How to make a living from Cardistry

Huron Low doesn’t just earn his keep from doing card tricks. He helms a cardistry company — purportedly the first in Singapore — and is on his way to turning it into a million-dollar business


The Moneymaker
: HURON LOW, 27, co-founder of Virtuoso, a five-man professional card flourishing team. The Virts — as they call themselves — specialise in cardistry, which is “a dance of a deck in the hands”. In other words, fancy schmancy card tricks you may remember from The Unbeatables, without the gambling. They turned it into a business only two years ago, selling self-designed card decks and video tutorials online. “By next year, [our revenue would’ve hit a seven-figure sum]. It could have happened this year, but we didn’t want it to grow too fast ’cos we can’t handle it,” he explains. The Virts will be featured in Wild Cards, a docu that digs deep into the world of cardistry. It’s one of the five documentaries on Discovery Channel’s Singapore Stories series that feature the works of rising local filmmakers.

HIS HOME IS: A cluster house in Bright Hill Crescent where he lives with his mum, elder brother and younger sister.

HIS RIDE IS: His family’s BMW 7 Series car.

WHAT’S IN HIS WALLET? In his wallet from English luxury leather label Hard Graft, he stashes currencies from Malaysia and US (where he travelled recently), a subway card from New York City, an access card to his church where he serves as a worship leader and teacher, a card with a Biblical verse, notes from his girlfriend, and a Metro department store membership card. “My mum gave it to me. I didn’t want it, but she insisted I take it anyway! I usually carry around $100 cash with me for food and coffee.”

8 DAYS: How did you get into cardistry?
HURON LOW: I was initially not into it at all. I used to turn off the TV when I see card magicians ’cos I found them boring! But I saw a guy doing really cool things with cards, and my friend challenged me to master a card flourishing trick called the Slide. It typically takes about six months to learn, but I did it in one week (laughs). Virtuoso came about in 2005 when my friends and I made a short film called Virtuoso about card flourishing for a competition. We thought it was pretty cool and wanted to continue [working together]. We registered our company to keep everything in check. When money is involved and there is no clear black and white about how we work as a team, things can fall apart! We’re all in this full-time now, and everyone has their own role like video editing, graphic design and customer service. I do the marketing and perform card flourishing [for gigs].

What would you be doing if you weren’t running Virtuoso?
I’d have started up other businesses. I’m thinking of launching a leather company later this year selling small leather goods. I’m also helping my family with a skincare business and doing some marketing consultation on the side. I stopped studying after junior college. My job is not like being a doctor where I have to go to medical school. But I believe very much in education. No parent will say to their child, “Hey, be a magician when you grow up!” I studied marketing, business management, film and writing on my own. A lot of what I’ve learnt, especially about digital things, changes very fast. What I learn today in school may be already outdated tomorrow.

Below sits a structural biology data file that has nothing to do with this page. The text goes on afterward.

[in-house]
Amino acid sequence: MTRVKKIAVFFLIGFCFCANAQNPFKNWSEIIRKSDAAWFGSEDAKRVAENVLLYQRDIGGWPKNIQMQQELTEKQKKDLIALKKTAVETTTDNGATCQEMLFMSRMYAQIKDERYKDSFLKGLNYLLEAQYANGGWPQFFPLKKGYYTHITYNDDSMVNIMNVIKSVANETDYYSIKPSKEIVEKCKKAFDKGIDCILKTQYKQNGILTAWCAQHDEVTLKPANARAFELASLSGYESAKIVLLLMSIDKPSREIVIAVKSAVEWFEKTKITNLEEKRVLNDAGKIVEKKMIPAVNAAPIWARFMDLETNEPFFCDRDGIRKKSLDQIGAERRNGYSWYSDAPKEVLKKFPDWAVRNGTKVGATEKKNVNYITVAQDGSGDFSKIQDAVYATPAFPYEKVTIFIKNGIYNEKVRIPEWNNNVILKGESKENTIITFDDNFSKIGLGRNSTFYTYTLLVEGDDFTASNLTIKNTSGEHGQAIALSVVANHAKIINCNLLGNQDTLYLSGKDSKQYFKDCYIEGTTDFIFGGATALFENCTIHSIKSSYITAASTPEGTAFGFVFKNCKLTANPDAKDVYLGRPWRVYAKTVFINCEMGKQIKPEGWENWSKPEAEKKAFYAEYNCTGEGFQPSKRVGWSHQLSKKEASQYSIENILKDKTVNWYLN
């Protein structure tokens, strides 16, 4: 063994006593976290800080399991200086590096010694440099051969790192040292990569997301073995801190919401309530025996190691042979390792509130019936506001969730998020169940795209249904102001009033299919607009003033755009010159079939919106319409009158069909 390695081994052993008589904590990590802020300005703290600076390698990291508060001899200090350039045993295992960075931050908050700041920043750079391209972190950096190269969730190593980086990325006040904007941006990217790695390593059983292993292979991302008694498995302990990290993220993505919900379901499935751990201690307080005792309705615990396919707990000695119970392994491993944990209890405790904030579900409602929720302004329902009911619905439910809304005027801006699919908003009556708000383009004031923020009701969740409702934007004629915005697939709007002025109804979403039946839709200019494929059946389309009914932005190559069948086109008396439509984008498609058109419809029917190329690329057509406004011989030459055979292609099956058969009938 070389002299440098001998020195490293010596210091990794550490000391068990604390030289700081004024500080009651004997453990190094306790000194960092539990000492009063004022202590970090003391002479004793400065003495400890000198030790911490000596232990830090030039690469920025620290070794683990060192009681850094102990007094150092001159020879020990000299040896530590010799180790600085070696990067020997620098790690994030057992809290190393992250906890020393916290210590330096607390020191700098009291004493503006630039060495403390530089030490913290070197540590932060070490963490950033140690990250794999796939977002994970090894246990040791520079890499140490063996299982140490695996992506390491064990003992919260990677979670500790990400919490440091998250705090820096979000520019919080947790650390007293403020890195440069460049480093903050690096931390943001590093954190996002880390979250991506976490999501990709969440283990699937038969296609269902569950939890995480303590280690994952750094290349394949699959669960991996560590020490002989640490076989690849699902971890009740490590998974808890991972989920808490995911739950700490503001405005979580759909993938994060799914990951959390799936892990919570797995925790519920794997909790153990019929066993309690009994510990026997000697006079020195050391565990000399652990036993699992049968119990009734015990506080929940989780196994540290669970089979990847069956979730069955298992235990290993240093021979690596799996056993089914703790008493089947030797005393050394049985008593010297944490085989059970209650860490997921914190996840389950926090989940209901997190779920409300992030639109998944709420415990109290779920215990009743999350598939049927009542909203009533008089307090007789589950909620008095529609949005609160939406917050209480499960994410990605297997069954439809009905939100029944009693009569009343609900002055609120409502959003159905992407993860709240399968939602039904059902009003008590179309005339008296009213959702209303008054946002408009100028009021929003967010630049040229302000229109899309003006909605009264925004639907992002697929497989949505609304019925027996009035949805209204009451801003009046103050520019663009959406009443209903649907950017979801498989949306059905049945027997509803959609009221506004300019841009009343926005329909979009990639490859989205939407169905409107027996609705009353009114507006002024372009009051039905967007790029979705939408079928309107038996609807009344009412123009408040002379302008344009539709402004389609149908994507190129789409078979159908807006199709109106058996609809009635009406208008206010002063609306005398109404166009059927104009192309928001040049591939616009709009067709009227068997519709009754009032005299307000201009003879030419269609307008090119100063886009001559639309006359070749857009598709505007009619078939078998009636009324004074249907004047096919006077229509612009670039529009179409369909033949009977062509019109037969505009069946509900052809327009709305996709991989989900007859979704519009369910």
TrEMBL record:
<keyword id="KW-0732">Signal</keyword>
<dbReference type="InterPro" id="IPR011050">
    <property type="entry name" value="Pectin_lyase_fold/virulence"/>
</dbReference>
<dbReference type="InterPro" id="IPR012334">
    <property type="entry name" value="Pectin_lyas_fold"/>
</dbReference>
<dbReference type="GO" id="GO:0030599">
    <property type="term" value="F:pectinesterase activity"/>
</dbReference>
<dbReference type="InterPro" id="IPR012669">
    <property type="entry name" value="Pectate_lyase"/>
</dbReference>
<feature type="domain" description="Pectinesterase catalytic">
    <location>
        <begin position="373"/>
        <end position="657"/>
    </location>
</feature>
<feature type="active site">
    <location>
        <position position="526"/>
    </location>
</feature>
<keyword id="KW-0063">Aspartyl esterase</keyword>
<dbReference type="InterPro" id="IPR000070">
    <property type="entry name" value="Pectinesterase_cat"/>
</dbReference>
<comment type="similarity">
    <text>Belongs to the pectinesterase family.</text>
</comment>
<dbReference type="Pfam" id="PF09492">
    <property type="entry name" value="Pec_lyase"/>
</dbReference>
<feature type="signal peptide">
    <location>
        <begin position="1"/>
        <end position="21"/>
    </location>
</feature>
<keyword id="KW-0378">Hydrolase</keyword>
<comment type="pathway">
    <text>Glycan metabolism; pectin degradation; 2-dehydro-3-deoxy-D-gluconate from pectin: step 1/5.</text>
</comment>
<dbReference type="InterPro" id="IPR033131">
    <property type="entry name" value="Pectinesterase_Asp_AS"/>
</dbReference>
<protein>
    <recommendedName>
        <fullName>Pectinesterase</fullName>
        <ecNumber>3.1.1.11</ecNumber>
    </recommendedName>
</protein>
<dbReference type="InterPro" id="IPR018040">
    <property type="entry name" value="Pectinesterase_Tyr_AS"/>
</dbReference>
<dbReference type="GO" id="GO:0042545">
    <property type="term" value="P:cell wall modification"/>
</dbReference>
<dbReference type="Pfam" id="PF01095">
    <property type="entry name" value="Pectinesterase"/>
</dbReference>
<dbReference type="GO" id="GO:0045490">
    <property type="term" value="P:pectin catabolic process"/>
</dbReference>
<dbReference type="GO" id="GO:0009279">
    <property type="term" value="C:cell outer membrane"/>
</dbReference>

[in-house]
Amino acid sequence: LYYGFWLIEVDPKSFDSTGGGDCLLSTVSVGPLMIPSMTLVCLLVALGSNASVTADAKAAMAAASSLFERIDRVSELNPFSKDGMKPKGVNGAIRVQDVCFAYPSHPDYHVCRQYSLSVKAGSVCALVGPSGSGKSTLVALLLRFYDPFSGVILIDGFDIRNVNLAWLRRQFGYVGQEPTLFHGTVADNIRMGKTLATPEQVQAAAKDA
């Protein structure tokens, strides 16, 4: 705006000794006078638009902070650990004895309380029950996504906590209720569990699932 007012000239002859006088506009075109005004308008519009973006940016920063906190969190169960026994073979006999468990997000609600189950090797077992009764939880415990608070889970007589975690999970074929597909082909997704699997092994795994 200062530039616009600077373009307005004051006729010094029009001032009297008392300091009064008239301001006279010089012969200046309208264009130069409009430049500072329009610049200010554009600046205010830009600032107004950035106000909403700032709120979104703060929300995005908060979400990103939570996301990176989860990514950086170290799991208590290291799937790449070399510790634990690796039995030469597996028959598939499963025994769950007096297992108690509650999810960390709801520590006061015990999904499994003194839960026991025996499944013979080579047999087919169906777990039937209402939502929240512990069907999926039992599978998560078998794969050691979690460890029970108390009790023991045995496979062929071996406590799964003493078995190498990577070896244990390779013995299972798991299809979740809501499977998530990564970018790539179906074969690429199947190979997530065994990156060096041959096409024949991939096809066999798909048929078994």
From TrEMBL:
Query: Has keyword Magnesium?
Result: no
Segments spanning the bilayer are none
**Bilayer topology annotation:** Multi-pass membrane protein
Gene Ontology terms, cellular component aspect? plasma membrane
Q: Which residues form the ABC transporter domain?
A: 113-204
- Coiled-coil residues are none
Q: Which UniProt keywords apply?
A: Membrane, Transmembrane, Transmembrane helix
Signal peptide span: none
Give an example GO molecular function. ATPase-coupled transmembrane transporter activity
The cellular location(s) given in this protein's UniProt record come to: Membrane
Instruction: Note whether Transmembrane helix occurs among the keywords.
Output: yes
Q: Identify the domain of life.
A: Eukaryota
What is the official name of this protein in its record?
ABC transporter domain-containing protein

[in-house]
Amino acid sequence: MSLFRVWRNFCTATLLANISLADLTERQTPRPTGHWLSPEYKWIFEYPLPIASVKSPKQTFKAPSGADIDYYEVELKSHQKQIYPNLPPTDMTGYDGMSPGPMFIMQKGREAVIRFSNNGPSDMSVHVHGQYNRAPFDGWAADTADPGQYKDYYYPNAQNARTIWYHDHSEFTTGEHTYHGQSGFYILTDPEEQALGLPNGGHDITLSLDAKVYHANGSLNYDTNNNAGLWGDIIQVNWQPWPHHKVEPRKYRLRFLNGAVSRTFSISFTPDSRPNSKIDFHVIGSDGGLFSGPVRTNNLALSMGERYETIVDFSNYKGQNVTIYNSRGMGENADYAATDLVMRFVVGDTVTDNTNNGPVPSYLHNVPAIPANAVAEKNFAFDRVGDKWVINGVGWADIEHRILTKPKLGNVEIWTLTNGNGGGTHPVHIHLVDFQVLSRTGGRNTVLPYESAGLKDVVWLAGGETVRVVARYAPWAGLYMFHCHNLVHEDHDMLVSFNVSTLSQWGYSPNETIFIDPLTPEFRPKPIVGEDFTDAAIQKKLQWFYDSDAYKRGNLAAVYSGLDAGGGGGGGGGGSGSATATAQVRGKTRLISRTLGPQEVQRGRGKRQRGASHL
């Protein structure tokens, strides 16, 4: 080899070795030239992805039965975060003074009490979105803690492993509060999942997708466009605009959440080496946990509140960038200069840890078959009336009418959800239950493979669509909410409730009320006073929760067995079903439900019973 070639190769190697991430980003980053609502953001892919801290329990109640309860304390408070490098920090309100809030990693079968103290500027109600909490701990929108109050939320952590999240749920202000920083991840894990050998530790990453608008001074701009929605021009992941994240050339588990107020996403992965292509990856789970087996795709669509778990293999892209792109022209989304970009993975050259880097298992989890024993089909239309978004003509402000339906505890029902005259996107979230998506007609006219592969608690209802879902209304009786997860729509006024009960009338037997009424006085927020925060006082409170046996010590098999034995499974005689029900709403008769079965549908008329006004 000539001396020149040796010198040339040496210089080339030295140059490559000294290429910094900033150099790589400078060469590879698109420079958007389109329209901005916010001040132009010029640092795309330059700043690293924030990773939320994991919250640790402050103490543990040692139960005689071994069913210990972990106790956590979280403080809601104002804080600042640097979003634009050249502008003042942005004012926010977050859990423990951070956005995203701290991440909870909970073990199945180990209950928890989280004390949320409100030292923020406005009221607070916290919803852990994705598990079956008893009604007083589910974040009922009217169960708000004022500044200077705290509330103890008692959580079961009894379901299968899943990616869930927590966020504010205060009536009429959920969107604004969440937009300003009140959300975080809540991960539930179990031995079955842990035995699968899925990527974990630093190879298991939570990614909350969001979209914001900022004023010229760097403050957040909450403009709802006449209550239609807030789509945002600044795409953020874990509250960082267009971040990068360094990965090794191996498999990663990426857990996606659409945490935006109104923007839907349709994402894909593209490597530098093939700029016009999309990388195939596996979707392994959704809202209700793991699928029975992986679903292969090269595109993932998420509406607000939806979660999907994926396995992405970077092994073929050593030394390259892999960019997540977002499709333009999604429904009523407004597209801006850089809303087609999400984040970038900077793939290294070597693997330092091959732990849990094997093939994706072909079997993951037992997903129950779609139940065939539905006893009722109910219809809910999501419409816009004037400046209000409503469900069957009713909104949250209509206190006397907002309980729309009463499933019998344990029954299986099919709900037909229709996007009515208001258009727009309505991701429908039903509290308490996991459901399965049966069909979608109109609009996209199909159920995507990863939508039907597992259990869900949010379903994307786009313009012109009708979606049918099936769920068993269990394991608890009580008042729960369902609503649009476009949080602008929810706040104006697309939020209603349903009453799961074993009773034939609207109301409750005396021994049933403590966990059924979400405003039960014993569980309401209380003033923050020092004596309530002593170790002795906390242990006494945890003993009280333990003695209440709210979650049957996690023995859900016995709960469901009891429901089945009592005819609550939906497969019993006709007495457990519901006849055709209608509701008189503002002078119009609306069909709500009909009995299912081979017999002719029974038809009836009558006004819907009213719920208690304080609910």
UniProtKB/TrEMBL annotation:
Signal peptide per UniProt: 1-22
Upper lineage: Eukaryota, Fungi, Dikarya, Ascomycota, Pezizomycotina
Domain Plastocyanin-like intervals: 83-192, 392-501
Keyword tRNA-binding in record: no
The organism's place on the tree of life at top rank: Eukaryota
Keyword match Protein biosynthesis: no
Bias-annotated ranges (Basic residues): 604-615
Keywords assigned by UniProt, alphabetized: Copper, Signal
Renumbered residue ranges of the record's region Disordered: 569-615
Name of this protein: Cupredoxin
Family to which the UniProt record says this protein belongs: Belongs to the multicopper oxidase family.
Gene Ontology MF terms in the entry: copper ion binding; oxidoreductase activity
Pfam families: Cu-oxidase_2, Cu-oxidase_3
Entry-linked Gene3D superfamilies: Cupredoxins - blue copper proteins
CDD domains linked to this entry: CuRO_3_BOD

How lucrative is it teaching people to do cardistry?
It can be very lucrative. We currently have 54,000 subscribers on YouTube. Let’s say each of them pays US$10 ($13.70) for a video tutorial and US$9.95 ($13.50) for a deck of cards. We have more than one video tutorial, and nobody buys only one deck. People tend to stock up. I wear out a deck every three days ’cos of heavy use and our weather. It gets sticky and it’s not as nice to use. I’ve spent a six-figure sum so far on cardistry. Cardistry as a hobby can be expensive but most people who pick it up are aware of the costs involved and are willing to pay for it. Most of the money we earn these days goes towards producing cards, buying filming gear and paying The Virts’ salaries.

Does an autographed deck from The Virts fetch a higher price?
Yes, much more. The highest price I’ve seen for a non-autographed deck was already US$300 ($409). It was crazy! When we first launched our Spring/Summer 2015 deck this year, one guy bought 60 decks and another purchased 48 decks [for $13.50 each]. I later saw the decks on eBay and Carousell going for $25 to $100 (laughs). I always think to myself that it’d be really funny if I create my own eBay or Carousell account to sell my autographed cards when I’m tight on money. But I’ve never done that.

Does being good in cardistry help you or your customers with impressing girls?
(Laughs) It helps boost people’s confidence. A guy even proposed to his girlfriend using one of our card flourishes. But that’s not what we want to promote. You don’t want to be known as the ‘card guy’ who uses magic or cardistry as a crutch. I used to go, “Hey, want to see something?!” It’s cool to a certain point until you want people to know you for being you. Nowadays I don’t take out my cards at all until the conversation leads naturally to the topic. My girlfriend complains that I never show her any magic or card tricks! I realised it’s just better to get to know people by spending more time with them.

The Singapore Stories documentaries air Thur, Discovery Channel (StarHub Ch 422 and Singtel TV 202), 9pm. Wild Cards airs on Aug 6.

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